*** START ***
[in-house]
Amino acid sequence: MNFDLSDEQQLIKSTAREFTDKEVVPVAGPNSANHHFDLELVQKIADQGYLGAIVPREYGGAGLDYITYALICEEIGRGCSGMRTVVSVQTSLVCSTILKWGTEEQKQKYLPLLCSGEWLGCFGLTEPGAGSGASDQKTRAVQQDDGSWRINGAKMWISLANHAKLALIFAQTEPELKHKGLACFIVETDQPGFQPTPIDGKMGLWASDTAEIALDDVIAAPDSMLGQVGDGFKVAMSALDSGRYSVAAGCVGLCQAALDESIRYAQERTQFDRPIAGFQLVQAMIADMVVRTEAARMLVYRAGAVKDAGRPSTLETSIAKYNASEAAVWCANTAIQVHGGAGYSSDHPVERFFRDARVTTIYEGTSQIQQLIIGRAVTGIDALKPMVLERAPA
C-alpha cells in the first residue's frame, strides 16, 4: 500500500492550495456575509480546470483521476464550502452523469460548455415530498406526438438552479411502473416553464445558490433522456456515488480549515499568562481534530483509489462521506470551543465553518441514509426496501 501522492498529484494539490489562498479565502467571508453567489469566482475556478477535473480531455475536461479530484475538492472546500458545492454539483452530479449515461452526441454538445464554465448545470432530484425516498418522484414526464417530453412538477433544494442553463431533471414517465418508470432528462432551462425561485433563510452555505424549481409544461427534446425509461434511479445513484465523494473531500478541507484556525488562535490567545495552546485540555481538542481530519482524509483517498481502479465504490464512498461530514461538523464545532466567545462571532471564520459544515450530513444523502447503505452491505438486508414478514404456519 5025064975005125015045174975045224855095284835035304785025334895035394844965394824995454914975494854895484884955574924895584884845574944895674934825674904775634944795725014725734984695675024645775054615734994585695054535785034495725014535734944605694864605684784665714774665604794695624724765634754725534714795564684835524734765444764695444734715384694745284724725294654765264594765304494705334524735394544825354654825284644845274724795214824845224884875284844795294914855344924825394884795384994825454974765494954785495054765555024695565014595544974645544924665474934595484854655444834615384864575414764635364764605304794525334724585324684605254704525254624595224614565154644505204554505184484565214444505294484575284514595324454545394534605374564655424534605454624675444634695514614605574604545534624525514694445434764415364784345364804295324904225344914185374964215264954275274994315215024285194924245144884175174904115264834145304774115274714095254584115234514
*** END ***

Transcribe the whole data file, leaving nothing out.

[in-house]
Amino acid sequence: MNFDLSDEQQLIKSTAREFTDKEVVPVAGPNSANHHFDLELVQKIADQGYLGAIVPREYGGAGLDYITYALICEEIGRGCSGMRTVVSVQTSLVCSTILKWGTEEQKQKYLPLLCSGEWLGCFGLTEPGAGSGASDQKTRAVQQDDGSWRINGAKMWISLANHAKLALIFAQTEPELKHKGLACFIVETDQPGFQPTPIDGKMGLWASDTAEIALDDVIAAPDSMLGQVGDGFKVAMSALDSGRYSVAAGCVGLCQAALDESIRYAQERTQFDRPIAGFQLVQAMIADMVVRTEAARMLVYRAGAVKDAGRPSTLETSIAKYNASEAAVWCANTAIQVHGGAGYSSDHPVERFFRDARVTTIYEGTSQIQQLIIGRAVTGIDALKPMVLERAPA
C-alpha cells in the first residue's frame, strides 16, 4: 500500500492550495456575509480546470483521476464550502452523469460548455415530498406526438438552479411502473416553464445558490433522456456515488480549515499568562481534530483509489462521506470551543465553518441514509426496501 501522492498529484494539490489562498479565502467571508453567489469566482475556478477535473480531455475536461479530484475538492472546500458545492454539483452530479449515461452526441454538445464554465448545470432530484425516498418522484414526464417530453412538477433544494442553463431533471414517465418508470432528462432551462425561485433563510452555505424549481409544461427534446425509461434511479445513484465523494473531500478541507484556525488562535490567545495552546485540555481538542481530519482524509483517498481502479465504490464512498461530514461538523464545532466567545462571532471564520459544515450530513444523502447503505452491505438486508414478514404456519 5025064975005125015045174975045224855095284835035304785025334895035394844965394824995454914975494854895484884955574924895584884845574944895674934825674904775634944795725014725734984695675024645775054615734994585695054535785034495725014535734944605694864605684784665714774665604794695624724765634754725534714795564684835524734765444764695444734715384694745284724725294654765264594765304494705334524735394544825354654825284644845274724795214824845224884875284844795294914855344924825394884795384994825454974765494954785495054765555024695565014595544974645544924665474934595484854655444834615384864575414764635364764605304794525334724585324684605254704525254624595224614565154644505204554505184484565214444505294484575284514595324454545394534605374564655424534605454624675444634695514614605574604545534624525514694445434764415364784345364804295324904225344914185374964215264954275274994315215024285194924245144884175174904115264834145304774115274714095254584115234514